Peanut oil AND peanuts go rancid fairly quickly. I found out the hard way one year trying to store it in bulk. I had to throw all I stored (in white buckets with oxygen absorbers) out. The only way I found it keeps is if I buy peanut butter in jars – and then the shelf life is still limited. Even among freeze dried companies they recommend using up the PB powder within five years while everything else is rated at 20. If you want an oil with a proven shelf life get either coconut oil or olive oil. All the rest will go bad and ultimately make you sick.

Precious Metals – Investigate this for yourself, but I find the arguments and historical track records against fiat currency and the current rumblings of Government wanting to take care of your investments for you very compelling. Gold is easier to transport with the high cost to weight, but you might have problems cashing a gold coin for a tank of gas. Silver is where I have chosen to invest in precious metals.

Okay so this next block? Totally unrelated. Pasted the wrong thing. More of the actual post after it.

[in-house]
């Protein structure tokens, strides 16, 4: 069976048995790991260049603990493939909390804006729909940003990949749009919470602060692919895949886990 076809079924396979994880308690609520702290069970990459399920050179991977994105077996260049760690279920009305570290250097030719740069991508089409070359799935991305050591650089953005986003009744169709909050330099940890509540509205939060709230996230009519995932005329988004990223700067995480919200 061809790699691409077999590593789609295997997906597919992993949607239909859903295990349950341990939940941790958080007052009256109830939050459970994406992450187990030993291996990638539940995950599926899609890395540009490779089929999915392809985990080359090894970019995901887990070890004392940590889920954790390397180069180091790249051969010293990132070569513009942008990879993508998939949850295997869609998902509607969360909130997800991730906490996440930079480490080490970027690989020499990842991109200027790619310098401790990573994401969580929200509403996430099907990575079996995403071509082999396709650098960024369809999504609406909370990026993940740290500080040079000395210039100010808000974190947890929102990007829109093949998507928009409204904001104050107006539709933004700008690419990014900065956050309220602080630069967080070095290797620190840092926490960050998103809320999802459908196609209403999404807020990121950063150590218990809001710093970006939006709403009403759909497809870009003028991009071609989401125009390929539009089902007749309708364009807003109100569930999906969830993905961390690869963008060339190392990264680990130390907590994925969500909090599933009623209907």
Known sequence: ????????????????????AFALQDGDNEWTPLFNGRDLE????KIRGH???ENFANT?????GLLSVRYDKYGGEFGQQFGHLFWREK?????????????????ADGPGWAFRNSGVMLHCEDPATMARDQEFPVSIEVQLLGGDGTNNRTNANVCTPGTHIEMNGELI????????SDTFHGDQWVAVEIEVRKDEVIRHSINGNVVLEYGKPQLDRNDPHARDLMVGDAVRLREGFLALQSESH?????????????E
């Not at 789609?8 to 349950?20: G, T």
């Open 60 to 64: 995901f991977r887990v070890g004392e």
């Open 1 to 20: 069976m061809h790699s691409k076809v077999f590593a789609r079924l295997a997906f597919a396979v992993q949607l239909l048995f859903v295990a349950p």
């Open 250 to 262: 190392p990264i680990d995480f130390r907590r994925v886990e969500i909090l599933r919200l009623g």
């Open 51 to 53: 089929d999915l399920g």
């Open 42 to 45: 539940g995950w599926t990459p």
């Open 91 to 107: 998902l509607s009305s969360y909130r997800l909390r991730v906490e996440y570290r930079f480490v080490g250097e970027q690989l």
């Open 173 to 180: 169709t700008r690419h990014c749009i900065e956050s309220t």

Balance is also something to remember when you are prepping your food storage. There is a better chance of survival when you pack a month or two of a wide variety of stuff than if you have a year’s supply of 2 or 3 items. If an emergency happens, then you would have a better chance of surviving if you count on your 2 month supply of a wider range of items than you would on just wheat flour and rice, for example.